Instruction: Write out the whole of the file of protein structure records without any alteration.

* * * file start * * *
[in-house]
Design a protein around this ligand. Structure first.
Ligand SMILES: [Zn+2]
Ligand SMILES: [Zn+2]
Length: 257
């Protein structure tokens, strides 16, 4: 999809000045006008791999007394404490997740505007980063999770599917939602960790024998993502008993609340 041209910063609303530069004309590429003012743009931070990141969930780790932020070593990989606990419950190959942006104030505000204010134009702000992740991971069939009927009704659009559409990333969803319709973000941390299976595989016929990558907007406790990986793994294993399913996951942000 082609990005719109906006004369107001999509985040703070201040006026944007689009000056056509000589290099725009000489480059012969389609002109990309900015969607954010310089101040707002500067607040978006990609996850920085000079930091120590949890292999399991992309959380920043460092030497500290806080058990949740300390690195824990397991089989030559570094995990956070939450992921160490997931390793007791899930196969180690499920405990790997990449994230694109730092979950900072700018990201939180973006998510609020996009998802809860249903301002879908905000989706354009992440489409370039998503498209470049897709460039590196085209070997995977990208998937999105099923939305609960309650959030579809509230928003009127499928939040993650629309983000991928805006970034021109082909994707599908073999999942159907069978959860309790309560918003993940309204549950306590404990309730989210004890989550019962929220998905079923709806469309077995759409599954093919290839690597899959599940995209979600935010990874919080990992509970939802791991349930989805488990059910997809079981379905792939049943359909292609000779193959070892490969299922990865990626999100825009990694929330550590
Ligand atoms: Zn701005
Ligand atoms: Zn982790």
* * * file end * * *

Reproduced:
[in-house]
Design a protein around this ligand. Structure first.
Ligand SMILES: [Zn+2]
Ligand SMILES: [Zn+2]
Length: 257
């Protein structure tokens, strides 16, 4: 999809000045006008791999007394404490997740505007980063999770599917939602960790024998993502008993609340 041209910063609303530069004309590429003012743009931070990141969930780790932020070593990989606990419950190959942006104030505000204010134009702000992740991971069939009927009704659009559409990333969803319709973000941390299976595989016929990558907007406790990986793994294993399913996951942000 082609990005719109906006004369107001999509985040703070201040006026944007689009000056056509000589290099725009000489480059012969389609002109990309900015969607954010310089101040707002500067607040978006990609996850920085000079930091120590949890292999399991992309959380920043460092030497500290806080058990949740300390690195824990397991089989030559570094995990956070939450992921160490997931390793007791899930196969180690499920405990790997990449994230694109730092979950900072700018990201939180973006998510609020996009998802809860249903301002879908905000989706354009992440489409370039998503498209470049897709460039590196085209070997995977990208998937999105099923939305609960309650959030579809509230928003009127499928939040993650629309983000991928805006970034021109082909994707599908073999999942159907069978959860309790309560918003993940309204549950306590404990309730989210004890989550019962929220998905079923709806469309077995759409599954093919290839690597899959599940995209979600935010990874919080990992509970939802791991349930989805488990059910997809079981379905792939049943359909292609000779193959070892490969299922990865990626999100825009990694929330550590
Ligand atoms: Zn701005
Ligand atoms: Zn982790």